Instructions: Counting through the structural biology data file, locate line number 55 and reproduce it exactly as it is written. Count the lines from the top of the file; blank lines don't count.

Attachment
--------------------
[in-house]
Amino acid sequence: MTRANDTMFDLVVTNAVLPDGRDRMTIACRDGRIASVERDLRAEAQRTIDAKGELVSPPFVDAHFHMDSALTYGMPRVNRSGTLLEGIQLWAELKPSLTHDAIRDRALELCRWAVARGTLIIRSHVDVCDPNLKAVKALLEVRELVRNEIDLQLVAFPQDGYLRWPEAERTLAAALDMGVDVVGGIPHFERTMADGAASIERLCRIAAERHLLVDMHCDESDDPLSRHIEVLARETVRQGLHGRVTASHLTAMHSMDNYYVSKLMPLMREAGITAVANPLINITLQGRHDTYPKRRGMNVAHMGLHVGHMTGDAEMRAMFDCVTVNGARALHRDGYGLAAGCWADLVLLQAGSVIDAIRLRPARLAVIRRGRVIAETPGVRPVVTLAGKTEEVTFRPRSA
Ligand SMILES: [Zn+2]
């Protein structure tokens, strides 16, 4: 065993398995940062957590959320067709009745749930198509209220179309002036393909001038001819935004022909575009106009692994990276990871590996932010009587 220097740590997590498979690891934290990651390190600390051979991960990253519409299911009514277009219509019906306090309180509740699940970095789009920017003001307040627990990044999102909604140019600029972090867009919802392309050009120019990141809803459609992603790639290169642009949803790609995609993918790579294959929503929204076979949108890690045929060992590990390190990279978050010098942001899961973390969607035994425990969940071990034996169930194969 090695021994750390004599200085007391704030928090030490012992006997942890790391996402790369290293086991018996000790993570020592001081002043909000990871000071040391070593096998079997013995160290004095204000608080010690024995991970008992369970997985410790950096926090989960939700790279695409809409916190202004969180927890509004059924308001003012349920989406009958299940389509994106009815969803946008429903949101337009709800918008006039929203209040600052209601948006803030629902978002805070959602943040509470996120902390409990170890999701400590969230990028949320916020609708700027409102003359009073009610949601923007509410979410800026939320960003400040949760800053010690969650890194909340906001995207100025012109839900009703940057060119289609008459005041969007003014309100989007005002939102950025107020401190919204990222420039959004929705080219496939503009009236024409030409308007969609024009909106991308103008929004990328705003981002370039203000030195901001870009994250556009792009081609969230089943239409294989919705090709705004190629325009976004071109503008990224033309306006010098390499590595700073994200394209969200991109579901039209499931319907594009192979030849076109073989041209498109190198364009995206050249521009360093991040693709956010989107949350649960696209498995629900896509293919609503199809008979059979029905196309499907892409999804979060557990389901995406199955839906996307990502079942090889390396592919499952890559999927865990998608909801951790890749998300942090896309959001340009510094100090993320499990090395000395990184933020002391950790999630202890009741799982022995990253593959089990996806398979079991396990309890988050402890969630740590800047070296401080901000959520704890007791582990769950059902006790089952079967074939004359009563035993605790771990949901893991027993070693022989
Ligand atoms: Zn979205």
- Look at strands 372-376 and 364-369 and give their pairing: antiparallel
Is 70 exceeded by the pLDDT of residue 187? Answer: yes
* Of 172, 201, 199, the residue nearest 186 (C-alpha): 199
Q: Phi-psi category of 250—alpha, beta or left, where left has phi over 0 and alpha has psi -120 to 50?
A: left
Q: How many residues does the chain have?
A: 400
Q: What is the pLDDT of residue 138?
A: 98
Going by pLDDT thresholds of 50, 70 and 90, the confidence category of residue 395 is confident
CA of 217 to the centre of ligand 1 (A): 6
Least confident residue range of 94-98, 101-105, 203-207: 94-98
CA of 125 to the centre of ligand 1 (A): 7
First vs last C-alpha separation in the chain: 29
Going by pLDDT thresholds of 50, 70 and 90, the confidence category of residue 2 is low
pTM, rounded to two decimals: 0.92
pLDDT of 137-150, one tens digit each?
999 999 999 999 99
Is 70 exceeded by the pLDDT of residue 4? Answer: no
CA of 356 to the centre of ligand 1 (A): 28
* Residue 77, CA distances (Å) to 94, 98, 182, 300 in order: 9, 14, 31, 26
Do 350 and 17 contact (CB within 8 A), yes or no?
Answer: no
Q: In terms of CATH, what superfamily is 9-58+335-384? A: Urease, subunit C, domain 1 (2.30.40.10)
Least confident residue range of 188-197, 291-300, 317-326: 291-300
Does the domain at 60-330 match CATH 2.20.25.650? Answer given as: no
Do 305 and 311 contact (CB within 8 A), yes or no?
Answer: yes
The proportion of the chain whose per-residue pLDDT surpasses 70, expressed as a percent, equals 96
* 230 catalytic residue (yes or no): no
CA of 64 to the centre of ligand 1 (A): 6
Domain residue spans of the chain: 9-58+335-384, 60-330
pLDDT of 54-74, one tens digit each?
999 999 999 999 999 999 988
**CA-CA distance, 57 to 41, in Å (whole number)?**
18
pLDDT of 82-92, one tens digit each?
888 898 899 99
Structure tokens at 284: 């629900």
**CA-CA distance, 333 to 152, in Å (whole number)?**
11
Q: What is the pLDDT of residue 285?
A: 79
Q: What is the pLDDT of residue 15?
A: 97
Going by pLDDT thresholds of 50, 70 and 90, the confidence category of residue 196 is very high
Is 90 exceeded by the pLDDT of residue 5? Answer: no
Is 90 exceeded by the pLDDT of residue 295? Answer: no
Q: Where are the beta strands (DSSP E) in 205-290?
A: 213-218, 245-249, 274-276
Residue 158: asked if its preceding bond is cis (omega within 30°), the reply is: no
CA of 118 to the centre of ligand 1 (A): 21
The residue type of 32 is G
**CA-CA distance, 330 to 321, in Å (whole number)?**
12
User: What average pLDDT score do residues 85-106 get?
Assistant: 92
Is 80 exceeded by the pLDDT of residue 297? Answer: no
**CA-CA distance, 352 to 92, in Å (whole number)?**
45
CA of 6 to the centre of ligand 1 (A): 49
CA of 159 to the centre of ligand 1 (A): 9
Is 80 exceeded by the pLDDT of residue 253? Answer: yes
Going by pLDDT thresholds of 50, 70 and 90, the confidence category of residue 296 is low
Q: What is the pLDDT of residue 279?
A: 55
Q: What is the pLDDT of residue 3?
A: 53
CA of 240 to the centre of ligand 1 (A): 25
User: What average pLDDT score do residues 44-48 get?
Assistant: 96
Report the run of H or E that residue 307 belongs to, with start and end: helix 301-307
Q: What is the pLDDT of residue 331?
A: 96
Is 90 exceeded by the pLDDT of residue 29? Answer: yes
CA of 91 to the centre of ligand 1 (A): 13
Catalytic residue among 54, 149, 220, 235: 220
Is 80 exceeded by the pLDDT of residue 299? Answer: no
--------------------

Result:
A: 213-218, 245-249, 274-276